Scotland's new short term lets rules 'a setback' for rural firms

The new rules mean local authorities will be able to decide whether a short-term let is suitable or not
The new rules mean local authorities will be able to decide whether a short-term let is suitable or not

New legislation regarding short term lets in Scotland has been criticised as a 'setback' for rural and diversified farming businesses in the country.

The new legislation laid before the Scottish parliament is being introduced to tackle a lack of housing supply in popular tourist areas.

It introduces a requirement for holiday properties to apply for a license through their local authority to ensure they meet a required standard.

All short term lets are subject to the new rules, whether holiday cottages, B&B’s, glamping sites, as well as the increasingly popular ‘pods’ and shepherd’s huts.

The self-catering sector is worth £867 million each year to the Scottish economy, according to the Association of Scotland’s Self-Caterers.

But rural businesses have called the rule changes an 'unnecessary and unwelcome addition', especially as the hospitality sector's revenues have dropped due to the pandemic.

Annie Lane, a rural business adviser with land and property agency Galbraith, said an unintended consequence was the excessive burden on small rural businesses.

“Scotland’s tourism sector is one of our great strengths, but if every small glamping site or holiday cottage has to apply for a licence there will be a significant impact.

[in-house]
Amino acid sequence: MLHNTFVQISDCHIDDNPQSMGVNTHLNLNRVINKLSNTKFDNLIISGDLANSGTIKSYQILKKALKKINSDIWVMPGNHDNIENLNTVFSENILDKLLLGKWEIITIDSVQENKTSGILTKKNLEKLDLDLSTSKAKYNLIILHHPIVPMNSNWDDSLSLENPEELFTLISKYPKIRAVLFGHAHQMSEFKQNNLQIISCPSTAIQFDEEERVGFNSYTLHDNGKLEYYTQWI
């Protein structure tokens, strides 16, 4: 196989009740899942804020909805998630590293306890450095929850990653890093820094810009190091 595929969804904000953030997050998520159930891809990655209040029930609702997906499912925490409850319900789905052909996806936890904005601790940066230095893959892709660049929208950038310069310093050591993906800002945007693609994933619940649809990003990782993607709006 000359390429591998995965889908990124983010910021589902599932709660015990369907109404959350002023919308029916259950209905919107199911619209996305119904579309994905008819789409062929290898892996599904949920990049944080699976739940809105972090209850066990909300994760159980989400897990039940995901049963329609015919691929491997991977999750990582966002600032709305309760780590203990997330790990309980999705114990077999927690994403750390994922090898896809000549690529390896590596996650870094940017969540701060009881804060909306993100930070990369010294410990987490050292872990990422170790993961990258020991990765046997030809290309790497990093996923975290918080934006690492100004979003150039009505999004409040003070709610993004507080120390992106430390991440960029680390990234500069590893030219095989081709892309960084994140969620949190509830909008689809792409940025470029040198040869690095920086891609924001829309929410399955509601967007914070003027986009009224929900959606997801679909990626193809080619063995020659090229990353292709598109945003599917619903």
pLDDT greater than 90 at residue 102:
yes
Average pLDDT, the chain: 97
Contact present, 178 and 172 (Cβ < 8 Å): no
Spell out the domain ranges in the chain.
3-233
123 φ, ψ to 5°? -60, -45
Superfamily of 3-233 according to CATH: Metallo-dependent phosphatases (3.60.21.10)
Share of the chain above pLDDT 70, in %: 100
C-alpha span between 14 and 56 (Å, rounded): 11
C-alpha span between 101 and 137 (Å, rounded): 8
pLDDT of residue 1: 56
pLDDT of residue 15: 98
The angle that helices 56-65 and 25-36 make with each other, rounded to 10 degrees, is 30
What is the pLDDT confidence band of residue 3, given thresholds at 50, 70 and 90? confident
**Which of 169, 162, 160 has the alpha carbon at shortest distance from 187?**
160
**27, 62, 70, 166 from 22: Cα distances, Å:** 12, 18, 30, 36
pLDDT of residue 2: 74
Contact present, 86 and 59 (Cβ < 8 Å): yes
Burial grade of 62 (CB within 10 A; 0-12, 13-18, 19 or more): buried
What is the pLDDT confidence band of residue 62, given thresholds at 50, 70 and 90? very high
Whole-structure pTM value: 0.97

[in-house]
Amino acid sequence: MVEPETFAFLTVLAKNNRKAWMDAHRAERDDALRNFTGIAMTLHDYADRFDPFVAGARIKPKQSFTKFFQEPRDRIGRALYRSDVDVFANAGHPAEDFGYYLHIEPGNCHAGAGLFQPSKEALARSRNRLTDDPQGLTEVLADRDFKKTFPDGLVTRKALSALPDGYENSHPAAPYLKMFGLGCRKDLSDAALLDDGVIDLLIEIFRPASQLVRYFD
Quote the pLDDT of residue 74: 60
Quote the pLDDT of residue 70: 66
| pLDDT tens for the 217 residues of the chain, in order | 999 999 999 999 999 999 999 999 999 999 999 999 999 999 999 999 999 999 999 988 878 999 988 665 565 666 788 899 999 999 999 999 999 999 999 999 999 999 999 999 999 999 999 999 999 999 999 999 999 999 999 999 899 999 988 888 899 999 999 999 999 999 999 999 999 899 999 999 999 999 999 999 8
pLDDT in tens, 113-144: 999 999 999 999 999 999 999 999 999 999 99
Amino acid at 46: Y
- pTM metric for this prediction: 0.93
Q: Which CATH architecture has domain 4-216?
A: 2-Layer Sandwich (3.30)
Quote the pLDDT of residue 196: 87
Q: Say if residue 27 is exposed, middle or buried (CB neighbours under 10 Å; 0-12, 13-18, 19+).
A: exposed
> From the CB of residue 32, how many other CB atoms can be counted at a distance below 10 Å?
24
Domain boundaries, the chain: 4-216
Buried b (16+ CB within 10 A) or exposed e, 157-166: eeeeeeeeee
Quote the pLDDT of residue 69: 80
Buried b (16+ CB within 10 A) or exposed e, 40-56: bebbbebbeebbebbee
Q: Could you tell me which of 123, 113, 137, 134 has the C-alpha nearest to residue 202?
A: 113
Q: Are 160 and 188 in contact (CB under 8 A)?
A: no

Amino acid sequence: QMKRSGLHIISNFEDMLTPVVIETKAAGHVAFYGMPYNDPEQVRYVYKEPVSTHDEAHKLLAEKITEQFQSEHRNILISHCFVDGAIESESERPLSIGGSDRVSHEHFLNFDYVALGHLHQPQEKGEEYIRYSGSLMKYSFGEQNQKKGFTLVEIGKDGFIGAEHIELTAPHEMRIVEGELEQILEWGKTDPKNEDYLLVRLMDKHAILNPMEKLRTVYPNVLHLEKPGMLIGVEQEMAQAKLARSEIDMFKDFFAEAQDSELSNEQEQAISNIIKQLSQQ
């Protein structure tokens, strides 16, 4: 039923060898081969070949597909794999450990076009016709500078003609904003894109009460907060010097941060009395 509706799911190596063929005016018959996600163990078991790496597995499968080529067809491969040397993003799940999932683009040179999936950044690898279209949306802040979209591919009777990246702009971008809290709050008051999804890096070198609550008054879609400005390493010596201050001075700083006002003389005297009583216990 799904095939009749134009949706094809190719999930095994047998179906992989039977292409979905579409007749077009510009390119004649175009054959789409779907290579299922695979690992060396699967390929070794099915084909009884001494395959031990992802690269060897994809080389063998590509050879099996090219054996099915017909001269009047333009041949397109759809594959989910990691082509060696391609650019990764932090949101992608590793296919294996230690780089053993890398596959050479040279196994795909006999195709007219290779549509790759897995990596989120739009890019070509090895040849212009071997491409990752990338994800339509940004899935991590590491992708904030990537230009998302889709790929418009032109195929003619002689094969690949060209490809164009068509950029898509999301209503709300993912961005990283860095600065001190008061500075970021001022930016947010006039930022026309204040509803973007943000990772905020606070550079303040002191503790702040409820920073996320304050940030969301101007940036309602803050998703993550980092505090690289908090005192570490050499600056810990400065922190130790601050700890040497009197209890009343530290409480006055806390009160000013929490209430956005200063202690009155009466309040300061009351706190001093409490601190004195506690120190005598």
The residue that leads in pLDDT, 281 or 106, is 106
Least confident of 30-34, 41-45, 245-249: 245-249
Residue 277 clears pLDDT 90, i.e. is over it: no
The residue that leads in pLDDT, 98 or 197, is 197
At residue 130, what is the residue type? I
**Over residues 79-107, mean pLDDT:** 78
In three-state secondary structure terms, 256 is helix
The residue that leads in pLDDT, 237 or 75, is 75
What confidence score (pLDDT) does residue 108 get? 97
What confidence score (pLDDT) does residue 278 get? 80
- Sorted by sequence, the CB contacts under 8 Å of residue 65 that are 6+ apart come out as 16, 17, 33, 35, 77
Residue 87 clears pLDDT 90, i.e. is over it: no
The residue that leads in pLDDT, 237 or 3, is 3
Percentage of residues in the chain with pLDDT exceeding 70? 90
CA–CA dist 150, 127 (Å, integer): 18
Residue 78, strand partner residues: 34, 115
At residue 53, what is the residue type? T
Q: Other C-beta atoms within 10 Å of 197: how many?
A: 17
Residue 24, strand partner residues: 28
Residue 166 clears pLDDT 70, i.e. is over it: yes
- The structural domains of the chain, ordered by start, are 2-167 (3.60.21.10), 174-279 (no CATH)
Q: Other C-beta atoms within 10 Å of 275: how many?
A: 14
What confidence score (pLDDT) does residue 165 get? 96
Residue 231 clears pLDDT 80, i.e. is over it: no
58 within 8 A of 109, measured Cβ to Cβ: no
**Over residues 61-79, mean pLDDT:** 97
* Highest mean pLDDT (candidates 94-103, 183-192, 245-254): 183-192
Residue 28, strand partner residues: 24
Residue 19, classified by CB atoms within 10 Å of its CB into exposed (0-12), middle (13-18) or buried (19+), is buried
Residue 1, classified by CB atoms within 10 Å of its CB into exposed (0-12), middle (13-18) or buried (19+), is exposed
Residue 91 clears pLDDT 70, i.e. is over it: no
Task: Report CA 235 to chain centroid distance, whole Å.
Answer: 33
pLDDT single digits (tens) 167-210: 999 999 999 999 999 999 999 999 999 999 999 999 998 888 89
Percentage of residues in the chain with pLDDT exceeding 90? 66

"At a time when the longer-term options for rural businesses are in a state of flux and agricultural costs are rising, this over-regulation of holiday lets seems excessive.”

Local authorities have until 1 October 2022 to establish a short term lets licensing scheme and existing businesses will have until April 2023 to apply for a license.

Licenses will be granted for an initial period of up to three years, and fees will most likely be applied but the rate at which they will be charged is understood to be at the discretion of local authorities.

Properties will be required to meet the repairing standard and the landlord or operator must provide a copy of the licence and additional information for all guests.

Ms Lane said: “The legislation has been introduced to address concerns raised by some communities about the impact of short term letting on the supply of housing in certain areas.

"By allowing councils to manage the number of short-term lets in areas of high concentration it is hoped that the availability of housing for local people can be improved.

"However it seems that some of the wider issues in the supply of housing have not been addressed and this legislation will simply damage the rural tourism sector unnecessarily.”